Although relatively chemosensitive, with response rates to primary chemotherapy of 60–80%, the majority of ovarian tumors will recur, leading to failure of treatment using conventional cytotoxic drugs and resulting in an overall 5-year survival for patients with advanced disease of <30% (5). Many reports have been published on potential drug resistance markers in ovarian cancer, derived mainly from the study of acquired resistance in experimental models (6). However, most clinical studies of drug resistance have focused on tumor characteristics at presentation, rather than at relapse. Whereas studies of tumors before chemotherapy are important for identifying prognostic markers and possible mechanisms of intrinsic resistance, they will provide limited information on mechanisms of acquired resistance. Thus, tumors at presentation will be heterogeneous, consisting of chemosensitive and chemoresistant subpopulations, making it difficult to identify the subpopulations that lead to treatment failure of an initially responsive tumor. Because chemotherapy positively selects for resistant subpopulations, analysis of tumors at relapse may allow these subpopulations of cells to become more apparent and will allow mechanisms of acquired rather than intrinsic drug resistance to be identified and analyzed for associations with patient survival.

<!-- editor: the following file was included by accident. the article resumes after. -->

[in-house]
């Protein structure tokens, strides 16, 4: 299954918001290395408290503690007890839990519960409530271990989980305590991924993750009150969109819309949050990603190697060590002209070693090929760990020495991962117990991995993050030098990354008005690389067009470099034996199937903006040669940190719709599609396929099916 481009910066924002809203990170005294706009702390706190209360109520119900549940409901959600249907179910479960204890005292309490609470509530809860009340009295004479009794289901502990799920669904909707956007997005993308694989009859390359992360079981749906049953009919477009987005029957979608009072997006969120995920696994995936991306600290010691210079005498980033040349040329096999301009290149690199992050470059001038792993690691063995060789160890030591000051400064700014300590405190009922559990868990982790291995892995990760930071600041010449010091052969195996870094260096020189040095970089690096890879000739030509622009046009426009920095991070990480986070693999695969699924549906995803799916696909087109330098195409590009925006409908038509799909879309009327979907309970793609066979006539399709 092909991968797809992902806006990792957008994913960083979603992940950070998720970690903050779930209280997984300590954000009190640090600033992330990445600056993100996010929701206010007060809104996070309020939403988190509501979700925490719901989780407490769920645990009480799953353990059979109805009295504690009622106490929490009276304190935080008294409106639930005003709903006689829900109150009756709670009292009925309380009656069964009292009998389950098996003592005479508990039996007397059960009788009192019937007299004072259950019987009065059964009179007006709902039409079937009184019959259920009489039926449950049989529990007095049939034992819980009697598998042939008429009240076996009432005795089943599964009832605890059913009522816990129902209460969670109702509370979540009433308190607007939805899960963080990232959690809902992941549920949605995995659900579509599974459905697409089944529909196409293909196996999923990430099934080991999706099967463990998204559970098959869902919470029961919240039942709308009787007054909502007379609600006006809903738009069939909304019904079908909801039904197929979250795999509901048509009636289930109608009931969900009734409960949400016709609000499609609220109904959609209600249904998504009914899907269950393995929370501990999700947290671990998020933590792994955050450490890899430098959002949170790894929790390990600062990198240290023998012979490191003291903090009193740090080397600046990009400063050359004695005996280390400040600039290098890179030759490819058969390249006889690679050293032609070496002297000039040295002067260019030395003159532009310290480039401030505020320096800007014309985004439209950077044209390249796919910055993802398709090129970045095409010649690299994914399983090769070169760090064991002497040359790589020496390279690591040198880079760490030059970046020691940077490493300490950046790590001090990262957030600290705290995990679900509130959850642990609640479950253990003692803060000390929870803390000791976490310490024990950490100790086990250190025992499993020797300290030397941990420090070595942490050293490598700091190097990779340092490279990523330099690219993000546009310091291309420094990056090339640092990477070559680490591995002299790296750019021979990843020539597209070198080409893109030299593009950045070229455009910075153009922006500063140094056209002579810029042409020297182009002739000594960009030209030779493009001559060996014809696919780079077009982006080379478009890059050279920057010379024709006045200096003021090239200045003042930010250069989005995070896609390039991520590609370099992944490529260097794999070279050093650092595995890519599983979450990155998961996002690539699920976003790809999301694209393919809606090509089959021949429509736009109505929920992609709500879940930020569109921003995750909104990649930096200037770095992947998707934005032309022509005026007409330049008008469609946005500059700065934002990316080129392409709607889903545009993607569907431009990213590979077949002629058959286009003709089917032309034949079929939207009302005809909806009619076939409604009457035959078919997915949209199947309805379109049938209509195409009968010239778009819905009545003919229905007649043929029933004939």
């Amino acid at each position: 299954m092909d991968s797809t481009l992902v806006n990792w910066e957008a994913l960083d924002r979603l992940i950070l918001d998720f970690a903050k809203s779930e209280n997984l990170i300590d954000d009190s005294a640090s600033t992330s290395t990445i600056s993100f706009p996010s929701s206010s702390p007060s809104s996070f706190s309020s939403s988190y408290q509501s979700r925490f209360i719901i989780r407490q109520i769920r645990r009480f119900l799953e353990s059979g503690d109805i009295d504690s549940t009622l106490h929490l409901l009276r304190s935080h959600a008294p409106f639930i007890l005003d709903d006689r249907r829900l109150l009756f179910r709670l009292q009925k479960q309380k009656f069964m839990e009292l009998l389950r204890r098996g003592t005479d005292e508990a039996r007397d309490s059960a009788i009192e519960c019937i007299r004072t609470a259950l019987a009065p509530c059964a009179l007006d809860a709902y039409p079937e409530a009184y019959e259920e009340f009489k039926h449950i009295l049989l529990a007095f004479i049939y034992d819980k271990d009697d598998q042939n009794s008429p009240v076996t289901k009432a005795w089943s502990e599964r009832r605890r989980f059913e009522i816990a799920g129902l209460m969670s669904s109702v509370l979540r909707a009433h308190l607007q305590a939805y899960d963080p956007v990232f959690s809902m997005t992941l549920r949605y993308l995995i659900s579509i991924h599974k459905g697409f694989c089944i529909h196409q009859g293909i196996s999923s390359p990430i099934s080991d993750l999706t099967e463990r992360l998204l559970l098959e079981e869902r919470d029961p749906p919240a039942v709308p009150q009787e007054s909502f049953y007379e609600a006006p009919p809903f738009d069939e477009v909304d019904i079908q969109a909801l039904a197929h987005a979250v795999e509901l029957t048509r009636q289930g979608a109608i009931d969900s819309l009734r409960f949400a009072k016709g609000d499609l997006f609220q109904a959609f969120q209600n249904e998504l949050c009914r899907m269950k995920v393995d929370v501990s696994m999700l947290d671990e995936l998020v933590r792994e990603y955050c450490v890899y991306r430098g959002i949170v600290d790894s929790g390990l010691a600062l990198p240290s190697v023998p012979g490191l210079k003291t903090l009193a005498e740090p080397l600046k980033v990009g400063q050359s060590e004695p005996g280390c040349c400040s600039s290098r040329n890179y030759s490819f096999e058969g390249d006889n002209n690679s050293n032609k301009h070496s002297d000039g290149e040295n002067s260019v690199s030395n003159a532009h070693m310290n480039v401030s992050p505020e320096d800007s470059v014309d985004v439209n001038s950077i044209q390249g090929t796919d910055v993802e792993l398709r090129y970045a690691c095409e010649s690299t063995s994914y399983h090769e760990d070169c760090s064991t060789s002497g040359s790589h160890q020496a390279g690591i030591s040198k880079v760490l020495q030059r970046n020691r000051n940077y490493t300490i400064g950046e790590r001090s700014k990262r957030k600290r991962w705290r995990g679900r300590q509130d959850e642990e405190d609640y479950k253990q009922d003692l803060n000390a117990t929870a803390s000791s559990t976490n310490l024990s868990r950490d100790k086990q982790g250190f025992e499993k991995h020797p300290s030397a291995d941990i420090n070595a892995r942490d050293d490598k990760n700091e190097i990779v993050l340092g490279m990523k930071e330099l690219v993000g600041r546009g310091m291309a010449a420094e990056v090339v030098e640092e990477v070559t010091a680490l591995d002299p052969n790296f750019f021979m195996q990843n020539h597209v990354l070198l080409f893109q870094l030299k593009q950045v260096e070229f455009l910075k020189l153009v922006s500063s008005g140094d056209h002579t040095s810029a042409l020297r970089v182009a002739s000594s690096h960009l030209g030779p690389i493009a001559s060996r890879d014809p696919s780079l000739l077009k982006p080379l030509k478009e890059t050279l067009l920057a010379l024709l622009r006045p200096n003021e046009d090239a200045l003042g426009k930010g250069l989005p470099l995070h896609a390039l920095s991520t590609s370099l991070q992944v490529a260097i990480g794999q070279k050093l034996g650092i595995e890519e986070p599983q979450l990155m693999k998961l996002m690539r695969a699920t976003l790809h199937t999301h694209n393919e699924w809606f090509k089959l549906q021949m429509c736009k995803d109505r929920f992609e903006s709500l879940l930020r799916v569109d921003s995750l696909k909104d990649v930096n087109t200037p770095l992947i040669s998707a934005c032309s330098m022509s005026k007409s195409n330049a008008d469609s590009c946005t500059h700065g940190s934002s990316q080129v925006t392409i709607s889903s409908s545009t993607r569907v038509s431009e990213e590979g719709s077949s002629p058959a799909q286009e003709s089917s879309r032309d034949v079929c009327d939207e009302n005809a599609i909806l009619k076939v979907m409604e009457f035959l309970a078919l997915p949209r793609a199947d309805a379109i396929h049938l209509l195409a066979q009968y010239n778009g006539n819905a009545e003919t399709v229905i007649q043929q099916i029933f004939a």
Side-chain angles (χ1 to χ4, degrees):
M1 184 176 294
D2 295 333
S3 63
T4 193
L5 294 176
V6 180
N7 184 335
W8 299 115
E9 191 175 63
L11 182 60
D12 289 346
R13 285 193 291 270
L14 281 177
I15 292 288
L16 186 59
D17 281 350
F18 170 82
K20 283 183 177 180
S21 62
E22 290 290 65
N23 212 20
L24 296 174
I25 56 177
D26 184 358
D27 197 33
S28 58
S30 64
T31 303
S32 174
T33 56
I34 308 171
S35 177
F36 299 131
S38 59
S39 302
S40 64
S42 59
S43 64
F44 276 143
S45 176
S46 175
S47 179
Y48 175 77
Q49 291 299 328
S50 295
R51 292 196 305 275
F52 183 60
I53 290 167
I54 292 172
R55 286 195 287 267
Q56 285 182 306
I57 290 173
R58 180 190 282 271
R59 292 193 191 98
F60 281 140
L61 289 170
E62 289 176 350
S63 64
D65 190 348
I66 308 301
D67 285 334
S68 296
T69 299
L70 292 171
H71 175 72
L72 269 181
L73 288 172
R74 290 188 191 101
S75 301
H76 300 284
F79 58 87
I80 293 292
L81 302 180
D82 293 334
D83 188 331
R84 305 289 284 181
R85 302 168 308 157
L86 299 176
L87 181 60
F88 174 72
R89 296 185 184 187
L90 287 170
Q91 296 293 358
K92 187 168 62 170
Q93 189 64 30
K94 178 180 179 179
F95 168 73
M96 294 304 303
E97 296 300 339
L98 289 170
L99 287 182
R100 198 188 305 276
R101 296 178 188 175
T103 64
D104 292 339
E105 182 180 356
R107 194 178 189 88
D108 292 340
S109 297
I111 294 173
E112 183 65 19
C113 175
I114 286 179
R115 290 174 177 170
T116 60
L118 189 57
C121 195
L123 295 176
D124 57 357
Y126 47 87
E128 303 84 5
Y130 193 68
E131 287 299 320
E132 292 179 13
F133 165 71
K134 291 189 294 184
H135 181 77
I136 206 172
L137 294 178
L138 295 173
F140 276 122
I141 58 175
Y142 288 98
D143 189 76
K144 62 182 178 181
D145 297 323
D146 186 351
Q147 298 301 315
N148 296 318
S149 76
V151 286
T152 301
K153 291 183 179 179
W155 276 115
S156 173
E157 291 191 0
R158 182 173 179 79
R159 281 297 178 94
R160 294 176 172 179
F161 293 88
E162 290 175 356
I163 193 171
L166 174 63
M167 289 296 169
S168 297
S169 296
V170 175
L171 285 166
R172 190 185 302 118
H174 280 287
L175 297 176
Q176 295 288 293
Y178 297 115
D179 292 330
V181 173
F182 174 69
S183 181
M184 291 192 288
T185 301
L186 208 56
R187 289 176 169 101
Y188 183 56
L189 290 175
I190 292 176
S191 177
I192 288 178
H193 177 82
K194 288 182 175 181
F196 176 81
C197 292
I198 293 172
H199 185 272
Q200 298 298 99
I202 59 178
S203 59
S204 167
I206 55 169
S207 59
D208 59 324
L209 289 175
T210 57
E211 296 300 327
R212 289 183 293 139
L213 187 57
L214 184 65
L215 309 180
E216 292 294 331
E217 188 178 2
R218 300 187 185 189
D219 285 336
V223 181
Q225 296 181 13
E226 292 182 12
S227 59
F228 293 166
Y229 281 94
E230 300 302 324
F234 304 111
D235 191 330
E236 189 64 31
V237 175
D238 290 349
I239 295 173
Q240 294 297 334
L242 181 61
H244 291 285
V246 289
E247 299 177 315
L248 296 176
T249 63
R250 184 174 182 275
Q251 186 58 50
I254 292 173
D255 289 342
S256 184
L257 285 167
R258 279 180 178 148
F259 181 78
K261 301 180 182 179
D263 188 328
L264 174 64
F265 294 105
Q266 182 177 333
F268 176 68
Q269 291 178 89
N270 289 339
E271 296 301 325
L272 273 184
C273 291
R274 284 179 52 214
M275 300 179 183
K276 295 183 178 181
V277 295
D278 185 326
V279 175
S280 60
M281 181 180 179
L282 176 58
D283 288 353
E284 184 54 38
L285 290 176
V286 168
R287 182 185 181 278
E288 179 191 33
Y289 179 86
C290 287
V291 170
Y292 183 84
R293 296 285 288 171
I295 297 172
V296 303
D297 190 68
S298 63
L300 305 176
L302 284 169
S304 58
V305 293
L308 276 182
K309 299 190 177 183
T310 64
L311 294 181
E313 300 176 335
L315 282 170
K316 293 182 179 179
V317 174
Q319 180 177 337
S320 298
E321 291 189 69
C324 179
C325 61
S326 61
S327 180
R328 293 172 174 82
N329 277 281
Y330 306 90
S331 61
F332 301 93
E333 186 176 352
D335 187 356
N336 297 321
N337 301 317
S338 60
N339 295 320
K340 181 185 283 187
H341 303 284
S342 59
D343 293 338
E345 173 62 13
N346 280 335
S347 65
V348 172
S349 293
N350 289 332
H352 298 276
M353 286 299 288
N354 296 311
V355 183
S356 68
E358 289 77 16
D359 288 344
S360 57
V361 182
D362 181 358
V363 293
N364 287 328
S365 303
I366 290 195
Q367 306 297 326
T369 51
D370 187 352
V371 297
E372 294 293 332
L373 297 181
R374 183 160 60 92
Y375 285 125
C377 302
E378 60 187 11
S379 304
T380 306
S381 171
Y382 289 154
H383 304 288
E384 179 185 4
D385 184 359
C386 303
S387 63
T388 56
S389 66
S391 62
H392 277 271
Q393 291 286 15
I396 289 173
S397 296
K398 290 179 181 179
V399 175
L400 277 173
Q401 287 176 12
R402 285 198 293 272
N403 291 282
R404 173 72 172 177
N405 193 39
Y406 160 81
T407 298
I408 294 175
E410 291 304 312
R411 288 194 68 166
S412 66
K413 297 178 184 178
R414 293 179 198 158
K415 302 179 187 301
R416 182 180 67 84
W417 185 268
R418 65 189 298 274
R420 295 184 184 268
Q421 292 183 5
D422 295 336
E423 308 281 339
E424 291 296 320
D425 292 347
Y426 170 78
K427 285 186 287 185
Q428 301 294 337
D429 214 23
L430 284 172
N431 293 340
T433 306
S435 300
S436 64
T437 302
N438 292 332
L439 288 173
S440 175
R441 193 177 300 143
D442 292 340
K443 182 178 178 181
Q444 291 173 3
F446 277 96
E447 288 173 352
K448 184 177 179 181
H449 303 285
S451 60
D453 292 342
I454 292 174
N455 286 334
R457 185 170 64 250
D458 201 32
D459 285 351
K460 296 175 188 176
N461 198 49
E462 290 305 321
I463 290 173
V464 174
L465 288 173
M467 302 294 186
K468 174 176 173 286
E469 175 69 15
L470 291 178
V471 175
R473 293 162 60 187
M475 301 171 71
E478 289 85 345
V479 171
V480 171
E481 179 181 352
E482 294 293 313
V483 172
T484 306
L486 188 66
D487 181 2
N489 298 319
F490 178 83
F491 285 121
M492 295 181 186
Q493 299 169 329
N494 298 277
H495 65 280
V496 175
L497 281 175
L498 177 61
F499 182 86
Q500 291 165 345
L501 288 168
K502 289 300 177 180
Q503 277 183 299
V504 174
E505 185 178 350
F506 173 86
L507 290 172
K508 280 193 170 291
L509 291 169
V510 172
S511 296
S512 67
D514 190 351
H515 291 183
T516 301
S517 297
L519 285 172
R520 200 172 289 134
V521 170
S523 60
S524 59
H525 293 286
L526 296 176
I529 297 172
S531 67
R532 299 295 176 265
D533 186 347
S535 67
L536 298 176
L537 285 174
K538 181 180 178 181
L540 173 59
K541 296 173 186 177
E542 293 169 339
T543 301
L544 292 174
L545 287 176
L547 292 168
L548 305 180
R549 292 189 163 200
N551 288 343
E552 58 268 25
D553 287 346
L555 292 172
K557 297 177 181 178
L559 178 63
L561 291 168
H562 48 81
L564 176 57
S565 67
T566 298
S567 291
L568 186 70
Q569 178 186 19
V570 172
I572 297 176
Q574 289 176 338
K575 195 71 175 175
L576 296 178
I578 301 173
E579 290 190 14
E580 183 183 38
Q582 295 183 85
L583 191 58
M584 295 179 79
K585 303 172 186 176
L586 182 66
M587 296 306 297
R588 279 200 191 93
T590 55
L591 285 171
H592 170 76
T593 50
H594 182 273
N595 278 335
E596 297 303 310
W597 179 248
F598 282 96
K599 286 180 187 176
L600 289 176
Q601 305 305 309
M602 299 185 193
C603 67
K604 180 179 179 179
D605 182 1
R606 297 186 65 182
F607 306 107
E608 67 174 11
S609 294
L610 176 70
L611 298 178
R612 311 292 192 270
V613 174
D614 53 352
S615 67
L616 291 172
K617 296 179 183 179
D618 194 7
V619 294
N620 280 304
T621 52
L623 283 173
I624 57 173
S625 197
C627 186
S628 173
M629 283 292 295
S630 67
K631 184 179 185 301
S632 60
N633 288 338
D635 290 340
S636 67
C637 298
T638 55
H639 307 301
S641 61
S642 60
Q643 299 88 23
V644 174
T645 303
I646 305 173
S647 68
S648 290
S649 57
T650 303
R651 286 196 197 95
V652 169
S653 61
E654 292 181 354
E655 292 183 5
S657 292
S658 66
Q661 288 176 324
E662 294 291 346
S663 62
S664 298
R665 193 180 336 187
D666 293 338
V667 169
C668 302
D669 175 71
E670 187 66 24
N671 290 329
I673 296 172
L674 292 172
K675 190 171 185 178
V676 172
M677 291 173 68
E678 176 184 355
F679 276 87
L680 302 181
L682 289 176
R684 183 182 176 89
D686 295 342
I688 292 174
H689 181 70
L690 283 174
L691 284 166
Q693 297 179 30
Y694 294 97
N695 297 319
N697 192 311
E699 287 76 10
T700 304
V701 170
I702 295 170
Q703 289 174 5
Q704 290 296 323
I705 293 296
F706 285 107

Due to the difficulties in obtaining tumor samples routinely, especially from patients at relapse, and for ease of sample collection in the context of large, multicenter clinical trials, there has been increasing interest in the use of markers in plasma and serum for the prognostication and monitoring of cancer (3). DNA can be detected in plasma from cancer patients with the same characteristic changes, including CpG island methylation, found in the corresponding tumor (7). In the case of ovarian cancer, such changes have been detected with high specificity and have been suggested as a diagnostic tool (4, 8). DNA methylation is particularly suited for such analysis of plasma DNA because sensitive methylation-specific PCR (MSP)-based assays require only small amounts of DNA, and methylation of genes frequently aberrantly methylated in tumors is rarely observed in normal tissue, including peripheral blood mononuclear cell (PBMC) DNA that may be present with tumor DNA in plasma (9).